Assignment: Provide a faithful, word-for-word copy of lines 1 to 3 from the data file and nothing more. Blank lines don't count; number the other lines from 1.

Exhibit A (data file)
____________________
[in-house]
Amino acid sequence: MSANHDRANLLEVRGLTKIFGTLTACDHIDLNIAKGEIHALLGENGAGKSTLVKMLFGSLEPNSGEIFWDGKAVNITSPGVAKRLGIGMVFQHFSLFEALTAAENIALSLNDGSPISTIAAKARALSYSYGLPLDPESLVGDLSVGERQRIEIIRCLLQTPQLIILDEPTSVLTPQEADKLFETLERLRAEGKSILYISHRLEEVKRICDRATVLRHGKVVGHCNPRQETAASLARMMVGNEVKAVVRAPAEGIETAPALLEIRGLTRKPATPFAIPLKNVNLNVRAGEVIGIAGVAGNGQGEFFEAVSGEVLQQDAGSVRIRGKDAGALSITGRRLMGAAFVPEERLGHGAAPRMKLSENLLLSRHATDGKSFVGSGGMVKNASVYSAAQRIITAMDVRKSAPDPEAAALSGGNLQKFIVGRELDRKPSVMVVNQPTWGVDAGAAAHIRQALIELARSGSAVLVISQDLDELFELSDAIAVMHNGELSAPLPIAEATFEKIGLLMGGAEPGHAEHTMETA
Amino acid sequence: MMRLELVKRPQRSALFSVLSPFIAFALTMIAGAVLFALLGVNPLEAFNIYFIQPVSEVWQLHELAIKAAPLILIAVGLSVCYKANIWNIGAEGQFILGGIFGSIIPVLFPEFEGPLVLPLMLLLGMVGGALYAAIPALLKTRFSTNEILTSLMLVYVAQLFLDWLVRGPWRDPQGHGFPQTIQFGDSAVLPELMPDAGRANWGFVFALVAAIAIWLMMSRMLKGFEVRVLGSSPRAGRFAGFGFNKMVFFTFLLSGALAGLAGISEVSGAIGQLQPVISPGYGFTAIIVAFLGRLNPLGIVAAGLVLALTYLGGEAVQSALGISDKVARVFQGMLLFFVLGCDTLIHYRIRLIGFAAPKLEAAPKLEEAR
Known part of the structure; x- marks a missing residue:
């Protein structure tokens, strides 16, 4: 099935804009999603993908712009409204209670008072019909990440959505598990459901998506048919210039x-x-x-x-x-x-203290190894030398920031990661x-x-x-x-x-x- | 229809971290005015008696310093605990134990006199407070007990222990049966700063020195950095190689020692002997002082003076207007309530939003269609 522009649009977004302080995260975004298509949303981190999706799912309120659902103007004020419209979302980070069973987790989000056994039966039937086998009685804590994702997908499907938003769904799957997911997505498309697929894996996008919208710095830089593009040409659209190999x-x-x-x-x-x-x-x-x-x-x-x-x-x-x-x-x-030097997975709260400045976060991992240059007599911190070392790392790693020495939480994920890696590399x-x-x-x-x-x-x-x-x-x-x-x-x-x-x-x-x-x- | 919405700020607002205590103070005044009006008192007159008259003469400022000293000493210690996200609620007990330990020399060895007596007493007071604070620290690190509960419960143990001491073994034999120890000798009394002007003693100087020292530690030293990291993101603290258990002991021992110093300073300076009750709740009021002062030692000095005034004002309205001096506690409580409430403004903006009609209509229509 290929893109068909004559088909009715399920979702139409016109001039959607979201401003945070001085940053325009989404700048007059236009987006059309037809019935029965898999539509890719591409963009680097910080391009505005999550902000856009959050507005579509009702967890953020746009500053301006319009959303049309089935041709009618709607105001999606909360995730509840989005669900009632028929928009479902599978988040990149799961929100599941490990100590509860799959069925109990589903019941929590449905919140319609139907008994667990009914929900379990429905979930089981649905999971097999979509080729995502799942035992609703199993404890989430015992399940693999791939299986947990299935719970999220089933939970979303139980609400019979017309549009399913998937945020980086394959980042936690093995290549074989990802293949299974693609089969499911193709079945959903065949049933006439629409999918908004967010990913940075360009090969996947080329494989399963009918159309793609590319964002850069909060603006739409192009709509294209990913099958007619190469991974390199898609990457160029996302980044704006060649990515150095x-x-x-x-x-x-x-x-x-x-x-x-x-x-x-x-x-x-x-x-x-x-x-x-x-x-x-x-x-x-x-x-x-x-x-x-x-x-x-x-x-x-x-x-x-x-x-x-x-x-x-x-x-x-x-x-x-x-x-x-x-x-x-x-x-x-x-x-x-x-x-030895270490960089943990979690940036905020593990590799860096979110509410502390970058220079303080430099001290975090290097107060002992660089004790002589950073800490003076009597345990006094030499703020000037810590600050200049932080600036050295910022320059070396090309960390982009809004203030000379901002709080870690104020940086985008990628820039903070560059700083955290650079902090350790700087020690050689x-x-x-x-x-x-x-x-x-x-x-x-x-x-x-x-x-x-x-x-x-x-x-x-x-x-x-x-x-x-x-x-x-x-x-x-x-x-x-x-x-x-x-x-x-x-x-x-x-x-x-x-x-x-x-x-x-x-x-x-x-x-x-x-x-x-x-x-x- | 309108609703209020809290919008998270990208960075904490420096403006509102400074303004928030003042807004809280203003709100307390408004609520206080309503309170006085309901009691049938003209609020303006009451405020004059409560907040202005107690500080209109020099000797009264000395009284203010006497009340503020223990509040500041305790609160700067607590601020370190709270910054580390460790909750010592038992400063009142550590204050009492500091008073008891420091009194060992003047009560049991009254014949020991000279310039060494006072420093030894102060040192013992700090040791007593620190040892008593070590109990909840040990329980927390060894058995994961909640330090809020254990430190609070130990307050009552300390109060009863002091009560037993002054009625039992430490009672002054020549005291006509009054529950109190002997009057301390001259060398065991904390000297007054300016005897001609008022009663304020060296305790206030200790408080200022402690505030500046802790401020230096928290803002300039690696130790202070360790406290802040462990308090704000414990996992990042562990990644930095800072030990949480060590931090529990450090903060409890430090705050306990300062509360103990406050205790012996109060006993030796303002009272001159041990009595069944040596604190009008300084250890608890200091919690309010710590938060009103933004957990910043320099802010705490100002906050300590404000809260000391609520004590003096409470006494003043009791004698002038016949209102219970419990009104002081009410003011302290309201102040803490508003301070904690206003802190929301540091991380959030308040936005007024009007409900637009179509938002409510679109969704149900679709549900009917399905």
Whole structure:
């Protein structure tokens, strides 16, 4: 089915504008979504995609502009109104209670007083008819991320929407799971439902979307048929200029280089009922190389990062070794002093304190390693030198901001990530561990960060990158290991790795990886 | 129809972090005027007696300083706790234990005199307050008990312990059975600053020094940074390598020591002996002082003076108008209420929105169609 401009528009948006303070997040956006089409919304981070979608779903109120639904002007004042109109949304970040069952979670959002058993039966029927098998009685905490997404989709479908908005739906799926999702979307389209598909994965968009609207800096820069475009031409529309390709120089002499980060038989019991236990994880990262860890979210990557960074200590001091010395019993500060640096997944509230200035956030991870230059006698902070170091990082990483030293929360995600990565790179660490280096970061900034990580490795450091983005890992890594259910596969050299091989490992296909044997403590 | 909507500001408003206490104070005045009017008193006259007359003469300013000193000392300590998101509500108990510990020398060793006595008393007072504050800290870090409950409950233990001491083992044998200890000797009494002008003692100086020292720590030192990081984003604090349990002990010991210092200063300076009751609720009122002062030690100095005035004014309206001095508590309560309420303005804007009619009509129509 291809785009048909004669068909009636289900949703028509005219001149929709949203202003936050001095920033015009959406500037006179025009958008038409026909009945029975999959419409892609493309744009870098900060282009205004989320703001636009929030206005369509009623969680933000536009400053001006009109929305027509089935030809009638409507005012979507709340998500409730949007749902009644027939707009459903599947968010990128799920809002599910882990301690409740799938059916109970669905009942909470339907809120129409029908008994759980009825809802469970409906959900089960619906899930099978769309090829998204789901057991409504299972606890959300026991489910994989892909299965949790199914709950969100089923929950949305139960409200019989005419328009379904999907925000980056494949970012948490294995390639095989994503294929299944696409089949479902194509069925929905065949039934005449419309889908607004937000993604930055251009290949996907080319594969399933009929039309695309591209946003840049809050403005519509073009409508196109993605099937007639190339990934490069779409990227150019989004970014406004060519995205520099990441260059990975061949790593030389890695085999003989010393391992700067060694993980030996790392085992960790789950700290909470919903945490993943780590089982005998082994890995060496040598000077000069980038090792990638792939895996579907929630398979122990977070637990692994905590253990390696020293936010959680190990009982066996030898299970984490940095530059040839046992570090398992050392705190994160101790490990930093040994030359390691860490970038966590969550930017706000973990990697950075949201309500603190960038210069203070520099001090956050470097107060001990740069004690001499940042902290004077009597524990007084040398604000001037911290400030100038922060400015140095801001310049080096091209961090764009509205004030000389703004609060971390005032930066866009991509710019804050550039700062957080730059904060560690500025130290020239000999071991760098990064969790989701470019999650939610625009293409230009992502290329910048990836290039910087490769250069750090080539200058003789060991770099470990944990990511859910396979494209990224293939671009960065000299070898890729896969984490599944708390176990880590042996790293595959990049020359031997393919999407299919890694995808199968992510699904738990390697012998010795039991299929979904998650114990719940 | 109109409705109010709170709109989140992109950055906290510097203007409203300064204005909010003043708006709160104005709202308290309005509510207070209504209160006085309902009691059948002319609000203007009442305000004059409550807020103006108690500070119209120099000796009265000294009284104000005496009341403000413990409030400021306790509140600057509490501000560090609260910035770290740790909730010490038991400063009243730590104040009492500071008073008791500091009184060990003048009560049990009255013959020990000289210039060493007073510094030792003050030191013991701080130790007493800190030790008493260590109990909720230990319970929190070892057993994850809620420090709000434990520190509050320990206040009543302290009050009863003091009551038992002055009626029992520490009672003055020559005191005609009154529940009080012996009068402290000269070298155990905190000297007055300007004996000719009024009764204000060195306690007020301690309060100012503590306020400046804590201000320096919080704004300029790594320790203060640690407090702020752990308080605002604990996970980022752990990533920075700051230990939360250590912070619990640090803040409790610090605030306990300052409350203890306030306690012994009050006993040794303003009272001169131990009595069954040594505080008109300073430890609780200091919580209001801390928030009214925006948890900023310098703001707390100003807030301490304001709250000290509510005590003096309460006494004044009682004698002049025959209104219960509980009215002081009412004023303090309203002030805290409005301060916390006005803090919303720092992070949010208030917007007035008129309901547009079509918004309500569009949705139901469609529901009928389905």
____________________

[in-house]
Amino acid sequence: MSANHDRANLLEVRGLTKIFGTLTACDHIDLNIAKGEIHALLGENGAGKSTLVKMLFGSLEPNSGEIFWDGKAVNITSPGVAKRLGIGMVFQHFSLFEALTAAENIALSLNDGSPISTIAAKARALSYSYGLPLDPESLVGDLSVGERQRIEIIRCLLQTPQLIILDEPTSVLTPQEADKLFETLERLRAEGKSILYISHRLEEVKRICDRATVLRHGKVVGHCNPRQETAASLARMMVGNEVKAVVRAPAEGIETAPALLEIRGLTRKPATPFAIPLKNVNLNVRAGEVIGIAGVAGNGQGEFFEAVSGEVLQQDAGSVRIRGKDAGALSITGRRLMGAAFVPEERLGHGAAPRMKLSENLLLSRHATDGKSFVGSGGMVKNASVYSAAQRIITAMDVRKSAPDPEAAALSGGNLQKFIVGRELDRKPSVMVVNQPTWGVDAGAAAHIRQALIELARSGSAVLVISQDLDELFELSDAIAVMHNGELSAPLPIAEATFEKIGLLMGGAEPGHAEHTMETA
Amino acid sequence: MMRLELVKRPQRSALFSVLSPFIAFALTMIAGAVLFALLGVNPLEAFNIYFIQPVSEVWQLHELAIKAAPLILIAVGLSVCYKANIWNIGAEGQFILGGIFGSIIPVLFPEFEGPLVLPLMLLLGMVGGALYAAIPALLKTRFSTNEILTSLMLVYVAQLFLDWLVRGPWRDPQGHGFPQTIQFGDSAVLPELMPDAGRANWGFVFALVAAIAIWLMMSRMLKGFEVRVLGSSPRAGRFAGFGFNKMVFFTFLLSGALAGLAGISEVSGAIGQLQPVISPGYGFTAIIVAFLGRLNPLGIVAAGLVLALTYLGGEAVQSALGISDKVARVFQGMLLFFVLGCDTLIHYRIRLIGFAAPKLEAAPKLEEAR